It stands to say, then, that if you were brought by Heaven to spot a fault in someone else, surely it is G‑d’s gentle way of telling you that it’s time for you to look inward.

But why say it indirectly, through the revelation of someone else’s faults? Why not just speak to you directly?

Unfortunately, that wouldn’t work too well, since we humans are naturally not good at accepting criticism. If we didn’t see it in someone else, we could never see it in ourselves.

Friendly Rebuke

Before entering the Baal Shem Tov’s “mirror principle” into my theological data base, one final challenge is left to be dealt with.

The principle’s underlying premise is Divine providence. If it weren’t relevant to me, G‑d wouldn’t cause me to see it. But couldn’t my seeing the lack in my friend simply be so that I can help him right his wrongs? Maybe that is why G‑d brought me to see his failing.

To be honest, the thought is comforting; not all of the bad which I see in others necessarily exists in me…

But that cannot be the case. For if, as I have suggested, at times the negativity I am shown in others is strictly so that I can set them straight, I wouldn’t be seeing negative in them; I would see only the need to fix.

I wouldn’t hear voices of judgment in my mind, but only a call for action.

Mirror or Window

Imagine you saw someone walk right past a sign that says in bold letters: Danger – Don’t Pass Beyond This Point. To the horror of everyone watching, the fellow loses his balance on some loose rocks, and begins to fall down a steep slope.

In those critical moments, when something might still be done to save him, would you busy yourself with thoughts of how big an idiot the guy must be?

Didn’t he see the sign? Did he think he was smarter than the experts who put it up? Does he think he’s superman?…

Or would you spring to action in the hope of saving a life?

These different reactions and attitudes accurately indicate whether or not what you see in others is a reflection of yourself.

If you find yourself judging, it is you who deserves to be judged. If you see your fellow as a defendant on trial, it is you who is being tried. Your friend is no more than a mirror—providing you with an objective view of yourself. In fact, he is deserving of your gratitude, for without him you would remain unacquainted with parts of yourself.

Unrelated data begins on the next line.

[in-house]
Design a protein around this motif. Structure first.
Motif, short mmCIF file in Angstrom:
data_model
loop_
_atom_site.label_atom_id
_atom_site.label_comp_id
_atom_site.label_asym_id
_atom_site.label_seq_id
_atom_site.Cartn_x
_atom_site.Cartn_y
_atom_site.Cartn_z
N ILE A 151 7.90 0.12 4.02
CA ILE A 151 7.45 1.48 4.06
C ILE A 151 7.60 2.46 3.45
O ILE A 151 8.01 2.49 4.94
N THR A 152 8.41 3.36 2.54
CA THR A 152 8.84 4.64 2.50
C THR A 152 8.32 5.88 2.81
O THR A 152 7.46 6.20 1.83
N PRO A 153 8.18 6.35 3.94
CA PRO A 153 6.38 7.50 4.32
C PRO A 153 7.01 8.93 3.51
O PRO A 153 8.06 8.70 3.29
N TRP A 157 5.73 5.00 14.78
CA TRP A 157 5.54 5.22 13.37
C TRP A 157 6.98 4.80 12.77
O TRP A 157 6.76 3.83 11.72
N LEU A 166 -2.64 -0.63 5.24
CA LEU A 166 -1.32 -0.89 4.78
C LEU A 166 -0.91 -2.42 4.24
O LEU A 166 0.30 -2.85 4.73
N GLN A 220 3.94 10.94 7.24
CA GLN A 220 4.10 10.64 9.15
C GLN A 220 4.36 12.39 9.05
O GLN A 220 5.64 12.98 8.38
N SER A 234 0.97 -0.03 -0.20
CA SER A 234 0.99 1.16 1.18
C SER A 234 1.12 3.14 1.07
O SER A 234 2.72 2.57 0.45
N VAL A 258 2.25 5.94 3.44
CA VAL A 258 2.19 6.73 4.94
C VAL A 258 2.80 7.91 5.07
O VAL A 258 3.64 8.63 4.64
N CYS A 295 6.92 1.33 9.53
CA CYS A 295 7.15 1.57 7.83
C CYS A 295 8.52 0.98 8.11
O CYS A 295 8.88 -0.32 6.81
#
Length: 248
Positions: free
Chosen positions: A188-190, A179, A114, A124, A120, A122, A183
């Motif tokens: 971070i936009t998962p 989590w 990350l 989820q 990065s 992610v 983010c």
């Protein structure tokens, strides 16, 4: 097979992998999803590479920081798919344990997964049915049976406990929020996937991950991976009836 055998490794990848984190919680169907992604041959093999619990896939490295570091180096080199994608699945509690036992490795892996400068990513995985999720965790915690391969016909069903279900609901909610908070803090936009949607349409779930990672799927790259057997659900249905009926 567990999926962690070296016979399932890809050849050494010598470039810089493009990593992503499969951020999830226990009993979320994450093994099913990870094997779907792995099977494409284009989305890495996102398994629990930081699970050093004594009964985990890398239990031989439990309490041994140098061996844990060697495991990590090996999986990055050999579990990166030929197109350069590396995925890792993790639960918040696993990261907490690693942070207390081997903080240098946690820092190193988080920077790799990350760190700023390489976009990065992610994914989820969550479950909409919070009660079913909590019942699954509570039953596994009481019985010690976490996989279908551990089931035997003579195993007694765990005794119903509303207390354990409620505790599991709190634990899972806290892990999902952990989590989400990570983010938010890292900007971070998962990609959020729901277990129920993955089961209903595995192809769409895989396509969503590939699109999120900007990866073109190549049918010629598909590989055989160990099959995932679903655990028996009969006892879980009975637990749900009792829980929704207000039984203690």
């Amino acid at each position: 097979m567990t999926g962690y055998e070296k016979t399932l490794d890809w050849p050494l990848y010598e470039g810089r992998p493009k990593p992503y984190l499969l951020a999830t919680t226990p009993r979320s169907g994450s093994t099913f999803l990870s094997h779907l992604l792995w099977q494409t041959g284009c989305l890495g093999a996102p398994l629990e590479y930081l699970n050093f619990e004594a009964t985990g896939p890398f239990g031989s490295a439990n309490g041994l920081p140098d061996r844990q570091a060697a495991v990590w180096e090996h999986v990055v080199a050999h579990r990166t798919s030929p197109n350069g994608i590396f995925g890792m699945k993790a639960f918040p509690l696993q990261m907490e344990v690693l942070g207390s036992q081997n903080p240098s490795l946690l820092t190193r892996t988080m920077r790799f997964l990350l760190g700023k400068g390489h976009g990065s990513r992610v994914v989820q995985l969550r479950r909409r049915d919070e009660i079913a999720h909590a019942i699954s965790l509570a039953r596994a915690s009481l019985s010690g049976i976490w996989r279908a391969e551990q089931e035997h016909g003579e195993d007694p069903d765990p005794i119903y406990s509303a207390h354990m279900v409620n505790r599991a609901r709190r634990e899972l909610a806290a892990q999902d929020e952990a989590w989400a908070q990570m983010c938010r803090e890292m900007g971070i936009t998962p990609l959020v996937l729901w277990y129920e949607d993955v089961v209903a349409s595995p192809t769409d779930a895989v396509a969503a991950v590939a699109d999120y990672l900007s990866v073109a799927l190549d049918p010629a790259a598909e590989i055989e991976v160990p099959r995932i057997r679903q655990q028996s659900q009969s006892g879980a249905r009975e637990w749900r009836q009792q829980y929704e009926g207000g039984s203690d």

If, however, you saw this individual as a casualty in need, as someone you can help, you are looking at a window, not a mirror; a window of opportunity, transparent like glass.


And Noah, the man of the earth, debased himself and planted a vineyard. He drank of the wine and became drunk, and he uncovered himself within his tent.

There was no question that Noah messed up.

There was also no question that Noah needed help.

And Ham, the father of Canaan, saw his father’s nakedness and told his two brothers outside.

Ham chose to judge… and to report.

He didn’t choose to act.

To him, Noah served as a crystal clear mirror.

And Shem and Japheth took a garment, laid it upon both their shoulders, and they walked backwards, and covered their father’s nakedness.

Shem and Japheth chose to act.

Their faces were turned backward, and they saw not their father’s nakedness.

They didn’t judge. They didn’t see – i.e., contemplate – the fact that their father was naked.

To them Noah was a window.